Take Time: Mindfulness in a Mug
Tea drinking is ubiquitous. On every continent on Earth, each with unique cultural traditions, you will find people who engage in a moment of stillness and tea. Tea has been ingrained into the fiber of human lives, throughout history. A mug of tea provides respite, calm, and ceremony. A moment of tea drinking is not simply a delivery mechanism for caffeine and health benefits - it is a reprieve, a filibuster against the constant demands of life. As the pace of our lives becomes progressively more rapid, we require a counter balance. Enter tea, ever-present and humble, to make space in our schedules to slow down, regroup, and reflect. Setting aside a small amount of your time to treat yourself to a cup of tea can foster well-being for your mind and body.
But, what is mindfulness? Mindfulness is defined as being aware of the present moment, without focus on memories or possibilities. Pay attention to the experience you are currently a part of, without dwelling, and without projecting. This sounds simple enough. We are always somewhere and we are always doing something. But, are we always present and aware? Or, are we aloof? Dreaming? Worrying?
How can we use our humble mug of tea to guide us more easily into a mentality of contentment? Set Time Aside With any mindfulness practice, you need to be free from distraction. Set aside just 10 minutes in the morning before work, during your lunch break, or before bed. Once you have designated your tea time, allow it. Reduce the amount of other verbs. Try to simply sip and breathe.
Reduce Distraction For this moment, turn off your television or computer. Donâ€™t flip through your phone. Multitasking is great when it saves time. But, it also creates a web of distractions that keep your brain moving. Allow yourself to take a break from the kidâ€™s, the laundry, or the deadlines. You might discover that you will be able to step back in refreshed and recharged!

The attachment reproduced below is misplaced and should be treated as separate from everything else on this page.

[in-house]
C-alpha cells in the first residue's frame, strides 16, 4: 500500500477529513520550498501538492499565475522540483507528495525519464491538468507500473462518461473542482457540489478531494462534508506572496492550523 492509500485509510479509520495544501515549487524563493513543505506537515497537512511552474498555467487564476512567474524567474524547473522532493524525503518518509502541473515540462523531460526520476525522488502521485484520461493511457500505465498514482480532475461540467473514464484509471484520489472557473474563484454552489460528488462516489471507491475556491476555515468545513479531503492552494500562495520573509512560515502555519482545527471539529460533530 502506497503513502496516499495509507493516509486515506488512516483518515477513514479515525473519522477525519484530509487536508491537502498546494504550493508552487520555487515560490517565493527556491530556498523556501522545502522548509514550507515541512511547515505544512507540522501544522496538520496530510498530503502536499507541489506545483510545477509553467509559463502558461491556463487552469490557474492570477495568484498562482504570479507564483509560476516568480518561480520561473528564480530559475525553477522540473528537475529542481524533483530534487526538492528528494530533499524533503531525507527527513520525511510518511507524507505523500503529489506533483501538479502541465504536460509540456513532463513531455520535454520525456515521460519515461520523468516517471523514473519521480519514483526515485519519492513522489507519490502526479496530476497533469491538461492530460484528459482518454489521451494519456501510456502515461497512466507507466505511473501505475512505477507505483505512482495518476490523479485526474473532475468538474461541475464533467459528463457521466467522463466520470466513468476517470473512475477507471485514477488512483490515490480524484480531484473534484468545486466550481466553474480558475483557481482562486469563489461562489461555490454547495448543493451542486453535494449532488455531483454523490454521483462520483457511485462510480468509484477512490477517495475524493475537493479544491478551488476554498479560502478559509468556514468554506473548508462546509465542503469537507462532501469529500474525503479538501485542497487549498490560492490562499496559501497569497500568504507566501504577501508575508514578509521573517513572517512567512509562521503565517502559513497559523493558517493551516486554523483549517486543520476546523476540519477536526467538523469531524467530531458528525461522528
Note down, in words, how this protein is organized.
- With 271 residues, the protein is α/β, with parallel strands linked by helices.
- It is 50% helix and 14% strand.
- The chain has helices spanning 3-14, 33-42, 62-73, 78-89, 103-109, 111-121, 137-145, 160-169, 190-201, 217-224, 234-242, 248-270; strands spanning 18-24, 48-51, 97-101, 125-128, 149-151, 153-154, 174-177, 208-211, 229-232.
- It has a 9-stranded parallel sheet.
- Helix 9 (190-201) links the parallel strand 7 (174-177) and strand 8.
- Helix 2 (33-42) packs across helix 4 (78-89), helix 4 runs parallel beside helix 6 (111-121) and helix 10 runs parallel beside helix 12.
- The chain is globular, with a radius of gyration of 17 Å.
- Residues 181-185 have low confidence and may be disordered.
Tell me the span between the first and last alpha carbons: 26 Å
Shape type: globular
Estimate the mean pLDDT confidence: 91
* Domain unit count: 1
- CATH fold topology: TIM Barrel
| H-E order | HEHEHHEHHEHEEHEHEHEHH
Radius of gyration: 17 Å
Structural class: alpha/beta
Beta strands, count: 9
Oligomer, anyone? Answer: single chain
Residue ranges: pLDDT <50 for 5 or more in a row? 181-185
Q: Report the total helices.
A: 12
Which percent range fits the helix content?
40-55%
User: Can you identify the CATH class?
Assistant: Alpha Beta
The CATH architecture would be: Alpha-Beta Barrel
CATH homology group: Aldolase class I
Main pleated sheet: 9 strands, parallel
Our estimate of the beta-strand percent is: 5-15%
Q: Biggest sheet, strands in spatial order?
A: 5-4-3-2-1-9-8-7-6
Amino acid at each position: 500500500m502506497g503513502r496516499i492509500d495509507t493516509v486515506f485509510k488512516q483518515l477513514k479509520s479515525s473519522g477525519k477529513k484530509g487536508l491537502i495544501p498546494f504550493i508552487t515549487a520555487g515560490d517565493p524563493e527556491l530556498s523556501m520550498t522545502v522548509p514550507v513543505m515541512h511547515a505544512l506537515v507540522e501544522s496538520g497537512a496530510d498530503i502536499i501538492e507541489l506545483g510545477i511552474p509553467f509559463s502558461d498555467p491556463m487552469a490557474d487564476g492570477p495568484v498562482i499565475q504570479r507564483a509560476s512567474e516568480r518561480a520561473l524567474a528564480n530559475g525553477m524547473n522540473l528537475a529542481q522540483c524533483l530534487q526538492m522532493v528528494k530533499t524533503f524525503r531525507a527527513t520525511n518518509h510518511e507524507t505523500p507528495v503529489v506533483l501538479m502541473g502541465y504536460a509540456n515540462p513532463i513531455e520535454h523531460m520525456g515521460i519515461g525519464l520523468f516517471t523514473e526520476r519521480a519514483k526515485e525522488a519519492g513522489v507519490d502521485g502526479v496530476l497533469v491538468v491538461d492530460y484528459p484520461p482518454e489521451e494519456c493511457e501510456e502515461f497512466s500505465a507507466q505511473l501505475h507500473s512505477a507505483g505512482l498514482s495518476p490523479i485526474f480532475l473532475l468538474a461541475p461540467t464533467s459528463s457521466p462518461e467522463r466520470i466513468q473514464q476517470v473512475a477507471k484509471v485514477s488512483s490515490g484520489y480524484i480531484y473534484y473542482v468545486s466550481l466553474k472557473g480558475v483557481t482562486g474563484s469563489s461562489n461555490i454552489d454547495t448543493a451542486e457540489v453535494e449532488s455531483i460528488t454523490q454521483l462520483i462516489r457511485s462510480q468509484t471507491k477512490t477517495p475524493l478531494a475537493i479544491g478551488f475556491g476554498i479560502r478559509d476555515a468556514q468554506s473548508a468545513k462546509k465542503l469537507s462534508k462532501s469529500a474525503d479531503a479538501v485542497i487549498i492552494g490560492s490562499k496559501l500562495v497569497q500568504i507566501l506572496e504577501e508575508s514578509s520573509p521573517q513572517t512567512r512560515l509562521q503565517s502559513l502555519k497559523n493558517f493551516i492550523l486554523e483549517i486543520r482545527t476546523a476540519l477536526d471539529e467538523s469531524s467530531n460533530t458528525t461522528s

Focus On Your Senses
A mug of tea is a great focal point for a meditative practice. It stimulates so many sensory organs. As you sip, try to focus on the taste, smell, and feeling. Allow yourself to pay attention to the subtleties of the flavor.
Cultivating contentment can be easy when you set aside your big stresses and deadlines. Bringing your attention to the enjoyment that comes with your sensory experience. Even an action as simply as drinking tea has so many facets to be grateful for. Becoming consciously aware and contemplative of the experience can broaden to a more grateful attitude toward the little details that surround you each day.
Why Include A Mindfulness Practice In Your Routine?Slowing down and taking in the small details of the day calms the mind and clarifies the thoughts. Scientists studying the mind's reaction to meditation have discovered physical changes that occur in the brains of individuals who practice mindfulness. The areas in the brain that allow us to control our emotional responses and our ability to stay attentive are strengthened. The brain and body are connected. Relaxation of the body promotes relaxation for the mind, and vice versa. The results of this simple exercise in calm are innumerable. Blood pressure levels lower when the mind is calm. Stress lowers when the body is calm. The results of one positive impact directly relate to another.
By meditating on a cup of tea, you get the added benefits that come from the leaf itself. Tea contains an amino acid called L-thenanine, which stimulates natural calm within the mind. In fact, L-theanine specifically stimulates alpha brain wave activity, thus facilitating a focused and calm mind perfect for your mindfulness practice.
Tea Culture, Ceremony, and Mindfulness
Japan's tea ceremony is renowned for it's beauty and attention to detail. It is a Zen Buddhist practice known as Chado, literally "Tea Way." The elegance and focus is attributed to this philosophy. In The Book of Tea, KakuzÅ Okakura explains: "a special contribution of Zen to Eastern thought was its recognition of the mundane as of equal important with the spiritual. It held that in the great relation of things there was no distinction of small and great, an atom possessing equal possibilities with the universe." This mentality went well with the simple act of brewing tea. He continues, "the whole idea of Teaism is a result of this zen conception of greatness in the small incidents of life."
Now that we have explored the historic relevance of mindfulness and tea drinking, we can learn from the traditions of the cultures that practiced them. Perhaps a little ceremony added to our fast-paced lives can provide the focus we need. Whether you seek to be pore productive, calm, or thankful, you can cultivate these habits through self-study and a moment alone with tea. Be grateful for the small details and flavors in the cup. Be thankful for your amazing ability to taste, smell, and explore your sensory world. Consult with yourself, and turn off the outside stimuli. You might smile at the reflection in the mug.